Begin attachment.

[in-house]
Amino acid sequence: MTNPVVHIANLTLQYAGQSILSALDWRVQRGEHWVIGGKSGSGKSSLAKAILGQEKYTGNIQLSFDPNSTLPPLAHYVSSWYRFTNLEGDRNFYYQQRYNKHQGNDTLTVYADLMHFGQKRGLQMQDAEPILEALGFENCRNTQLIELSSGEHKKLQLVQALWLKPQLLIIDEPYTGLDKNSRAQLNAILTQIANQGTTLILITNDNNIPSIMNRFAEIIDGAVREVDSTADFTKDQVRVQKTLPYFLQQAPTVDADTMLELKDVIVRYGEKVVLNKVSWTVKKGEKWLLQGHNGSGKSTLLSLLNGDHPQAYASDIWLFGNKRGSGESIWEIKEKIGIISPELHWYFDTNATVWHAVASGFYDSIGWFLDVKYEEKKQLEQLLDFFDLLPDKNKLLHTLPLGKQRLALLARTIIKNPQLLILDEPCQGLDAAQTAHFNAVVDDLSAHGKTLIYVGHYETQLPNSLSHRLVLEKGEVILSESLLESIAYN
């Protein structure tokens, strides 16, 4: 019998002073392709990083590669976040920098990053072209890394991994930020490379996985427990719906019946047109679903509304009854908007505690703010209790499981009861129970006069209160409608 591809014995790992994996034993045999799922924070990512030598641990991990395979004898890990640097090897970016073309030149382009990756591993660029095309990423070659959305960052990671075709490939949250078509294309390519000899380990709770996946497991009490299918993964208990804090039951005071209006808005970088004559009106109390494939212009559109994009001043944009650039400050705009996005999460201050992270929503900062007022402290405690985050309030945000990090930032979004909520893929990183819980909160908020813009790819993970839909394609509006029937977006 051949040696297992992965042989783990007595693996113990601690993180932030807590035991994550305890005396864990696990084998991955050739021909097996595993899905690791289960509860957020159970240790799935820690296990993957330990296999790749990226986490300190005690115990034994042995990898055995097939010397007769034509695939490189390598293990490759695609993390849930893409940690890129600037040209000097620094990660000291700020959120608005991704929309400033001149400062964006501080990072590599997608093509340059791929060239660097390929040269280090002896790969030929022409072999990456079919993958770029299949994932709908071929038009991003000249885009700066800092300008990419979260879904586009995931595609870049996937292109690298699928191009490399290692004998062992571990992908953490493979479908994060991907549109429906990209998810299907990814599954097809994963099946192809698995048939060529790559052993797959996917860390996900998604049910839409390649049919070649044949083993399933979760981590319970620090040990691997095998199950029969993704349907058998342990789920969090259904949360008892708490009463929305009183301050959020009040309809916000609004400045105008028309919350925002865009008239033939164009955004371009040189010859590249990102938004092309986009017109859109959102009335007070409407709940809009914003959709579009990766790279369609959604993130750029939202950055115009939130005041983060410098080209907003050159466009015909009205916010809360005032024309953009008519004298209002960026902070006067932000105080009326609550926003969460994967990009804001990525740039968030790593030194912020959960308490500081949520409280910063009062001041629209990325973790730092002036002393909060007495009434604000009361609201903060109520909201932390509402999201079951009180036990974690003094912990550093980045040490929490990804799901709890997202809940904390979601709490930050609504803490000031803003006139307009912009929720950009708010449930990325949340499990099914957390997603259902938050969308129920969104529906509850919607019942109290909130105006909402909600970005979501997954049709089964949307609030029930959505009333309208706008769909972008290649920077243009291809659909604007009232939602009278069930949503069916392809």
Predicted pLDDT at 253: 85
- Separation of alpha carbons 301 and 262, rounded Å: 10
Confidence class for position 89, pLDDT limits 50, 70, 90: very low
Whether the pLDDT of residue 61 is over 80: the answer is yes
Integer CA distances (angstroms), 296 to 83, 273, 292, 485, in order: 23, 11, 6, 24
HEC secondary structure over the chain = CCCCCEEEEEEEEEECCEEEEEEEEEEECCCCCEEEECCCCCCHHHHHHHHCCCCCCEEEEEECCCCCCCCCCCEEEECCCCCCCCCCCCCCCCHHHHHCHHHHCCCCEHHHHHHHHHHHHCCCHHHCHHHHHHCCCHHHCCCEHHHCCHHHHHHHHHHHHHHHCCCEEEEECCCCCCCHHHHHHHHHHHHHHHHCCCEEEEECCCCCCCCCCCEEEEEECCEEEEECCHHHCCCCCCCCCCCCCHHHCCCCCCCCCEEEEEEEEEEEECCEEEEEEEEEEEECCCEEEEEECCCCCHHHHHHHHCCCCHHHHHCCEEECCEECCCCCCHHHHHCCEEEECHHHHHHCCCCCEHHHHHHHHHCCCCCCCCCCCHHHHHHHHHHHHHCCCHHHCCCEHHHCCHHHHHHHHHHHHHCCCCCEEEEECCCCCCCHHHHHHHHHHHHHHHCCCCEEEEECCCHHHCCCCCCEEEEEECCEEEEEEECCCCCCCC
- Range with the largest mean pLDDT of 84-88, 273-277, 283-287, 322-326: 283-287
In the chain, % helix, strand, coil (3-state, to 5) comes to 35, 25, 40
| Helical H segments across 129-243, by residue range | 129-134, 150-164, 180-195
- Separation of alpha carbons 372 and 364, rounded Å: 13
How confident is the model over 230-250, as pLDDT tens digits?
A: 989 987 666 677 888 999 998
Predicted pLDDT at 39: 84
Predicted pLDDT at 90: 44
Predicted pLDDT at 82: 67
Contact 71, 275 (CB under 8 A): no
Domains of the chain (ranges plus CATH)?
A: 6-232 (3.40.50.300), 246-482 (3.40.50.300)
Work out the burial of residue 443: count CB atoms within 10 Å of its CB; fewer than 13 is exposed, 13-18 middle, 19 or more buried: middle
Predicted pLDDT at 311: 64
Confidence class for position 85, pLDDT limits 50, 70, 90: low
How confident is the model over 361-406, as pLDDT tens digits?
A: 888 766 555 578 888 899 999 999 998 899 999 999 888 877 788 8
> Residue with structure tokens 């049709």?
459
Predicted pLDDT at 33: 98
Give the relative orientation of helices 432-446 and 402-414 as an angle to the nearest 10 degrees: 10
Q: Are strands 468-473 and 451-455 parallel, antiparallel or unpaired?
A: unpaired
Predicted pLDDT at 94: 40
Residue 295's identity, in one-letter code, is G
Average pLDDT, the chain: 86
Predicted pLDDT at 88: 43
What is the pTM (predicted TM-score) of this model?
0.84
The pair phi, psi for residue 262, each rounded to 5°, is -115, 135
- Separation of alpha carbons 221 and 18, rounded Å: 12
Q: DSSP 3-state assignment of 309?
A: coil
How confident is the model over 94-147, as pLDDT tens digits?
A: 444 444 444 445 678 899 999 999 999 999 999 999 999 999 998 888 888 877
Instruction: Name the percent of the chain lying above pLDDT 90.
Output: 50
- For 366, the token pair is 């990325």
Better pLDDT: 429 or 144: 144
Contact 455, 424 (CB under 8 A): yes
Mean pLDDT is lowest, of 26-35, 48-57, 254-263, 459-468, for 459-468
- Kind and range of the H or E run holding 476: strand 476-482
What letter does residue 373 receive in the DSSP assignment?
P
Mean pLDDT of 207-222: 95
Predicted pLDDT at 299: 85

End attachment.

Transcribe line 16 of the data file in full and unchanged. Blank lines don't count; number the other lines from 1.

Predicted pLDDT at 39: 84